I very much respect Mike Konczal, and regularly read his blog for very insightful analysis about how we can make the mechanics of finance work more effectively. Sure, he can overstep what I view to be necessary to make markets function optimally — and he jumps to a government solution pretty quickly, but most of what he says is seems cogent to me. However, he recently gave a talk at the Roosevelt Institute, which runs the blog New Deal 2.0 (a blog that isn’t always as objective or insightful as Rortybomb), with the subtitle “21st Century Glass-Steagall”, or something to that effect…and I got pretty worried.
Of course, readers of this blog will know that Glass-Steagall was a piece of legislation written by banking special interests, for banking special interests, and that the Peacora hearings were little more than sham show-trials intended to appease irrational populist outrage. And, perhaps, that there is no evidence anywhere in the world that the separation of commercial and investment banking creates a more robust financial system — indeed, evidence points to the opposite conclusion.
However, the talk is actually very good, and is misleadingly subtitled (I didn’t watch any of the other presentations), so it’s well worth the 10 minutes!
Now, Mike is obviously much smarter than I am when it comes to exotic finance…but I do have a few questions for him, if he happens to read this:
- I think it is pretty clear that the structure, complexity, and confusion of regulation was a problem in the finance world, which is a government failure, and not just because the “wrong people” were governing. The world moves much quicker than the government can hope to; and the incentives of regulation are structured so that the game resembles something akin to a professional basketball team playing against a junior-varsity high school team. You mention that we need regulation to stop the spread of the toxic finance disease into other parts of the balance sheets of otherwise healthy institutions…but how do you propose to keep up? I know you are fairly “famous” for outlining and promoting “vanilla options” in finance; but in your opinion, is that the key, and then just leave the casino doors open?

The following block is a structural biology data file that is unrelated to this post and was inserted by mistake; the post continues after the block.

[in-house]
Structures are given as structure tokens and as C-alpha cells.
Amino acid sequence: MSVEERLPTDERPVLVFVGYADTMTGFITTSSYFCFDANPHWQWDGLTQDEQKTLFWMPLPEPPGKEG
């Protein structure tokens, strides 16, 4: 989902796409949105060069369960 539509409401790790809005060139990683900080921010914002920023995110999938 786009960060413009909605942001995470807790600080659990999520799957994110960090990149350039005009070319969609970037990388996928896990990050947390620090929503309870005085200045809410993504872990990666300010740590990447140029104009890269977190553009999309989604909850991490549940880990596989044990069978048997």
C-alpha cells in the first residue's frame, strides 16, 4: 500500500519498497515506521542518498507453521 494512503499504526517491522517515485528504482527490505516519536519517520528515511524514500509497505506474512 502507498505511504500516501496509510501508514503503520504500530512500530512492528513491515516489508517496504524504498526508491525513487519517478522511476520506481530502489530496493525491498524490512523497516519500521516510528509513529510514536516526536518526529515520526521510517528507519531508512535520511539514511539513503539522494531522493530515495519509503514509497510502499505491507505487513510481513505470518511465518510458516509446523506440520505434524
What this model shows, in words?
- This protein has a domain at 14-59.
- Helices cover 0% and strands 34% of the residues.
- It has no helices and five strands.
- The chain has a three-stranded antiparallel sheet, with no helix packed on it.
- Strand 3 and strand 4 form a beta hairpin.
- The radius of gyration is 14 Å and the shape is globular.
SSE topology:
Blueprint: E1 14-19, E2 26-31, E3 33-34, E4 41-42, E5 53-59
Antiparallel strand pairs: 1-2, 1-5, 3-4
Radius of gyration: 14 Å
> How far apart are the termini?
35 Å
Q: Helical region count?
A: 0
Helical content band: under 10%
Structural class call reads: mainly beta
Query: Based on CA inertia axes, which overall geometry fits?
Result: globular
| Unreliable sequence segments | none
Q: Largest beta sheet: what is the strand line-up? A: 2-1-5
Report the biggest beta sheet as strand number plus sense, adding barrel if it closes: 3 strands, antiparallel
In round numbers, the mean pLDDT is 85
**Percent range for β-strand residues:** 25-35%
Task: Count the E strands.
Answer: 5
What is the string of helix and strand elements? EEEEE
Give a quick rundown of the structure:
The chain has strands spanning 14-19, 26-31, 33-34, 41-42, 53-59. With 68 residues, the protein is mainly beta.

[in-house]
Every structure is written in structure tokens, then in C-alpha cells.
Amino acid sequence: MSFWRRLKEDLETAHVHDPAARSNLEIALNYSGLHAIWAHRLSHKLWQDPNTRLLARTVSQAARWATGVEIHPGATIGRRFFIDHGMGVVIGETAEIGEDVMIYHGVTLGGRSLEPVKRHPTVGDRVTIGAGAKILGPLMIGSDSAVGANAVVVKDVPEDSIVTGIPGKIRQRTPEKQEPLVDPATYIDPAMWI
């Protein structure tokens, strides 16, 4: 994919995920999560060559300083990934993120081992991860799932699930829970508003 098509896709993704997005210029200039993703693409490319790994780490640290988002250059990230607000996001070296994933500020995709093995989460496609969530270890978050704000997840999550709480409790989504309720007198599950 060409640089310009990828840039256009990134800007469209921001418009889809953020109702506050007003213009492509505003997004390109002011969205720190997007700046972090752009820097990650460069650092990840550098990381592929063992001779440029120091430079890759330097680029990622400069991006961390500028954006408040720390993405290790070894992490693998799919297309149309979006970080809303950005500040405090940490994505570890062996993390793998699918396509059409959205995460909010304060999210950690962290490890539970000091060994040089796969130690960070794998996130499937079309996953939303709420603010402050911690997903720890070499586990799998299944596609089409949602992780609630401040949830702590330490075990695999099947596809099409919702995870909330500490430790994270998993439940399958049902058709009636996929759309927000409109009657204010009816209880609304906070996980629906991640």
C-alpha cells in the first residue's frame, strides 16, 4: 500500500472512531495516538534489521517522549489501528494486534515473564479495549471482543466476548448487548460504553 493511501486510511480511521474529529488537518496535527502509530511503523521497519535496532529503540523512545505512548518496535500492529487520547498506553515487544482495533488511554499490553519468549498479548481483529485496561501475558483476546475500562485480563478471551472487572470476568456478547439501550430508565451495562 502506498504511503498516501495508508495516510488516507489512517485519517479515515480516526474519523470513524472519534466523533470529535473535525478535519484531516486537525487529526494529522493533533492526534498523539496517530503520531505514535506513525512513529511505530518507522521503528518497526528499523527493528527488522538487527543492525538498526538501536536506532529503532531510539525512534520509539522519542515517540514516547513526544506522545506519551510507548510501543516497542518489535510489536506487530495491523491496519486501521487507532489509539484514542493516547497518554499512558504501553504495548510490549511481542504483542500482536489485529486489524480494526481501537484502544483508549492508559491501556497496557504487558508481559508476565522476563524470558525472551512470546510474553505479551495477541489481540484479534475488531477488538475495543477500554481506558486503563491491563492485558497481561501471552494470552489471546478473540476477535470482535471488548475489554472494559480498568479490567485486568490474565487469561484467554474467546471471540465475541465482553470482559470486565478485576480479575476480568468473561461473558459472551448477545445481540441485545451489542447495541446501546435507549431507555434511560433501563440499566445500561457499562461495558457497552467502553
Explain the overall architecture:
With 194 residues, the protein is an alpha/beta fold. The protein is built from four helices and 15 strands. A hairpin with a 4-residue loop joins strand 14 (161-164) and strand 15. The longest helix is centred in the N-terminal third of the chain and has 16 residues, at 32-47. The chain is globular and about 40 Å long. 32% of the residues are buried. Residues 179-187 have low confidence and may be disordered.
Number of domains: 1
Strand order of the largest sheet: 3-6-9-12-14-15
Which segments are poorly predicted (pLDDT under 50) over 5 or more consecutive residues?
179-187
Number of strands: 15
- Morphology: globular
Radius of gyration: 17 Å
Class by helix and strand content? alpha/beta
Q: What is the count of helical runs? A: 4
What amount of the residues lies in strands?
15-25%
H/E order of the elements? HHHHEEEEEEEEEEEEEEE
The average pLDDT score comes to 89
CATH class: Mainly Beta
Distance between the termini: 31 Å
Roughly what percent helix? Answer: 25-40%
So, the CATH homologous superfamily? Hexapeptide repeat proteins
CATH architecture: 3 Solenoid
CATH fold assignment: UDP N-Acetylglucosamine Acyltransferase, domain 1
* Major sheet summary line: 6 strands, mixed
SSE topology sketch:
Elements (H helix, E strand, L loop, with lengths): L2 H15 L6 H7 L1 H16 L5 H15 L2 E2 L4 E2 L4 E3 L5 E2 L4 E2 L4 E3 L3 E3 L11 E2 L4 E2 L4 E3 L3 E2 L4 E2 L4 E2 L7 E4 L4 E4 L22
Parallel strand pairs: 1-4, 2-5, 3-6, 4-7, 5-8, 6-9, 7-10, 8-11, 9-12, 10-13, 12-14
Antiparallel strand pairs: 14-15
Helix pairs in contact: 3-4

- A popular argument is that we need a dynamic, independent regulatory institution with the funding and wherewithal to act in real time to assess systemic risk, and judge consumer finance products on their safety (and efficacy?)– and that this is not something that can be done simply through the blunt force of legislation. Setting aside the fact that you’re a fan of the CFPA, I view a lot of your ideas as being ideally suited for legislation. Things like the “vanilla options” you outline, or requiring 20% loan-to-value on all residential mortgages (?). Things that will keep unwary consumers out of the casino. Which approach do you think is superior?
- As you know, the timeline of the recession includes a garden-variety recession following an ongoing financial panic, with the very abrupt crash, and ensuing deterioration of market conditions that happened in Sept-Oct 2008. Do you view causality as running from [huge financial panic -> falling NGDP] or [falling NGDP -> huge financial panic]? If you take the former view, what historical and current evidence can you point to that causality runs in this direction?
- I know you’ve spent a lot of time talking and writing about “Too Big to Fail”. Have you ever thought about the implications of the problem actually being “Too Brittle to Sustain“? (I’m not positing that TB2S is the actual problem, it’s just another way of looking at the situation…one that I find very interesting)
It is highly unlikely that Mike actually reads this blog, but if anyone else would like to answer, feel free! And again, wonderful presentation by Mr. Konczal, and keep up the good work on your blog!
[H/T Mark Thoma]
Further Reading: Arnold Kling comments on Raj Date’s presentation, which was about getting rid of Fannie and Freddie.
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P.S. This is the first time I had ever seen Mike, and he doesn’t fit how I had imagined him ;].
P.P.S. For anyone interested, here is the report from the conference. Sidenote: I have to admit that I feel kind of left out, because apparently everyone that hears Elizabeth Warren make the case for the CFPA finds it very compelling…and I don’t think her conclusions follow. Indeed, she seems to believe in magic (and a ton of rhetoric).